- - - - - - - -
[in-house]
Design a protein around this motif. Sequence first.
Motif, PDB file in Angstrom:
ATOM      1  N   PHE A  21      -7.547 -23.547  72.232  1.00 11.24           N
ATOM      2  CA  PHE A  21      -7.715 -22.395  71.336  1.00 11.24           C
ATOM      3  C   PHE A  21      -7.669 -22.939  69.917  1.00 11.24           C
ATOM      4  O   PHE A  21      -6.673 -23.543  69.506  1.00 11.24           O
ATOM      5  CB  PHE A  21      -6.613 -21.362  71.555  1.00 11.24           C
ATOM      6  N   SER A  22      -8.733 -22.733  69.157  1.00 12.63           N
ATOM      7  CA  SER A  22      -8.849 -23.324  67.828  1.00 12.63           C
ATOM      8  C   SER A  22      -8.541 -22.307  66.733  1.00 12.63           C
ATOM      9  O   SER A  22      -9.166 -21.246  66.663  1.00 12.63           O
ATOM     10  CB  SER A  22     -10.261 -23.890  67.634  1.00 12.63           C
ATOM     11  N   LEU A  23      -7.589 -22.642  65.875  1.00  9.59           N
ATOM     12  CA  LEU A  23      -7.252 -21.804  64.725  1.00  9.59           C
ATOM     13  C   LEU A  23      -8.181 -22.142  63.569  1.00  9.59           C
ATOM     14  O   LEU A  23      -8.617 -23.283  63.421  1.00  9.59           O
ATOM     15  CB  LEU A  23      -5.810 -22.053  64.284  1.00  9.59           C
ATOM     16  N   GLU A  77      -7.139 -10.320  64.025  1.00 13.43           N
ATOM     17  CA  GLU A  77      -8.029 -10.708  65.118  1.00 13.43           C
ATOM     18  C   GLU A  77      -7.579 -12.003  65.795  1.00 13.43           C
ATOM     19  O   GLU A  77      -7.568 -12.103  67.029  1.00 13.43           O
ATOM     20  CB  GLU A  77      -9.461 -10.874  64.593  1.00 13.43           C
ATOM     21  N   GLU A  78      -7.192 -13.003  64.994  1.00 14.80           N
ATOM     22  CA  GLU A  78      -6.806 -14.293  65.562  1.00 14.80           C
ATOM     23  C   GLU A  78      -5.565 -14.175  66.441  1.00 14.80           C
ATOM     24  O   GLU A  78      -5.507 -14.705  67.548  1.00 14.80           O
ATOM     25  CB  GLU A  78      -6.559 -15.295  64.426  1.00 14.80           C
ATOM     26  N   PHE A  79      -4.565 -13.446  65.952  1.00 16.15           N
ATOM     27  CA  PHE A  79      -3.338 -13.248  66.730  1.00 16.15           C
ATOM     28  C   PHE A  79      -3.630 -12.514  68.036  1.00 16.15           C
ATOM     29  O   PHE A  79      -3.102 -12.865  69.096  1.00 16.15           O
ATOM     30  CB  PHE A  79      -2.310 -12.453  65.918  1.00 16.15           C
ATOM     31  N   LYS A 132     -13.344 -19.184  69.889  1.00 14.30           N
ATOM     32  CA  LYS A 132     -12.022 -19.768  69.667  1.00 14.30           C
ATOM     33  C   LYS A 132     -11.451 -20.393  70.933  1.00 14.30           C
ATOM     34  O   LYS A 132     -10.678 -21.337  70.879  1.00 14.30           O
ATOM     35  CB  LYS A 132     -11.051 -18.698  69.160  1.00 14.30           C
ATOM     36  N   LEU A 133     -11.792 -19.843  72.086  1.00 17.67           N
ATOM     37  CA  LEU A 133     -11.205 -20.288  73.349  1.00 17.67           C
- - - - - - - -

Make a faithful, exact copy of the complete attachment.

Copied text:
[in-house]
Design a protein around this motif. Sequence first.
Motif, PDB file in Angstrom:
ATOM      1  N   PHE A  21      -7.547 -23.547  72.232  1.00 11.24           N
ATOM      2  CA  PHE A  21      -7.715 -22.395  71.336  1.00 11.24           C
ATOM      3  C   PHE A  21      -7.669 -22.939  69.917  1.00 11.24           C
ATOM      4  O   PHE A  21      -6.673 -23.543  69.506  1.00 11.24           O
ATOM      5  CB  PHE A  21      -6.613 -21.362  71.555  1.00 11.24           C
ATOM      6  N   SER A  22      -8.733 -22.733  69.157  1.00 12.63           N
ATOM      7  CA  SER A  22      -8.849 -23.324  67.828  1.00 12.63           C
ATOM      8  C   SER A  22      -8.541 -22.307  66.733  1.00 12.63           C
ATOM      9  O   SER A  22      -9.166 -21.246  66.663  1.00 12.63           O
ATOM     10  CB  SER A  22     -10.261 -23.890  67.634  1.00 12.63           C
ATOM     11  N   LEU A  23      -7.589 -22.642  65.875  1.00  9.59           N
ATOM     12  CA  LEU A  23      -7.252 -21.804  64.725  1.00  9.59           C
ATOM     13  C   LEU A  23      -8.181 -22.142  63.569  1.00  9.59           C
ATOM     14  O   LEU A  23      -8.617 -23.283  63.421  1.00  9.59           O
ATOM     15  CB  LEU A  23      -5.810 -22.053  64.284  1.00  9.59           C
ATOM     16  N   GLU A  77      -7.139 -10.320  64.025  1.00 13.43           N
ATOM     17  CA  GLU A  77      -8.029 -10.708  65.118  1.00 13.43           C
ATOM     18  C   GLU A  77      -7.579 -12.003  65.795  1.00 13.43           C
ATOM     19  O   GLU A  77      -7.568 -12.103  67.029  1.00 13.43           O
ATOM     20  CB  GLU A  77      -9.461 -10.874  64.593  1.00 13.43           C
ATOM     21  N   GLU A  78      -7.192 -13.003  64.994  1.00 14.80           N
ATOM     22  CA  GLU A  78      -6.806 -14.293  65.562  1.00 14.80           C
ATOM     23  C   GLU A  78      -5.565 -14.175  66.441  1.00 14.80           C
ATOM     24  O   GLU A  78      -5.507 -14.705  67.548  1.00 14.80           O
ATOM     25  CB  GLU A  78      -6.559 -15.295  64.426  1.00 14.80           C
ATOM     26  N   PHE A  79      -4.565 -13.446  65.952  1.00 16.15           N
ATOM     27  CA  PHE A  79      -3.338 -13.248  66.730  1.00 16.15           C
ATOM     28  C   PHE A  79      -3.630 -12.514  68.036  1.00 16.15           C
ATOM     29  O   PHE A  79      -3.102 -12.865  69.096  1.00 16.15           O
ATOM     30  CB  PHE A  79      -2.310 -12.453  65.918  1.00 16.15           C
ATOM     31  N   LYS A 132     -13.344 -19.184  69.889  1.00 14.30           N
ATOM     32  CA  LYS A 132     -12.022 -19.768  69.667  1.00 14.30           C
ATOM     33  C   LYS A 132     -11.451 -20.393  70.933  1.00 14.30           C
ATOM     34  O   LYS A 132     -10.678 -21.337  70.879  1.00 14.30           O
ATOM     35  CB  LYS A 132     -11.051 -18.698  69.160  1.00 14.30           C
ATOM     36  N   LEU A 133     -11.792 -19.843  72.086  1.00 17.67           N
ATOM     37  CA  LEU A 133     -11.205 -20.288  73.349  1.00 17.67           C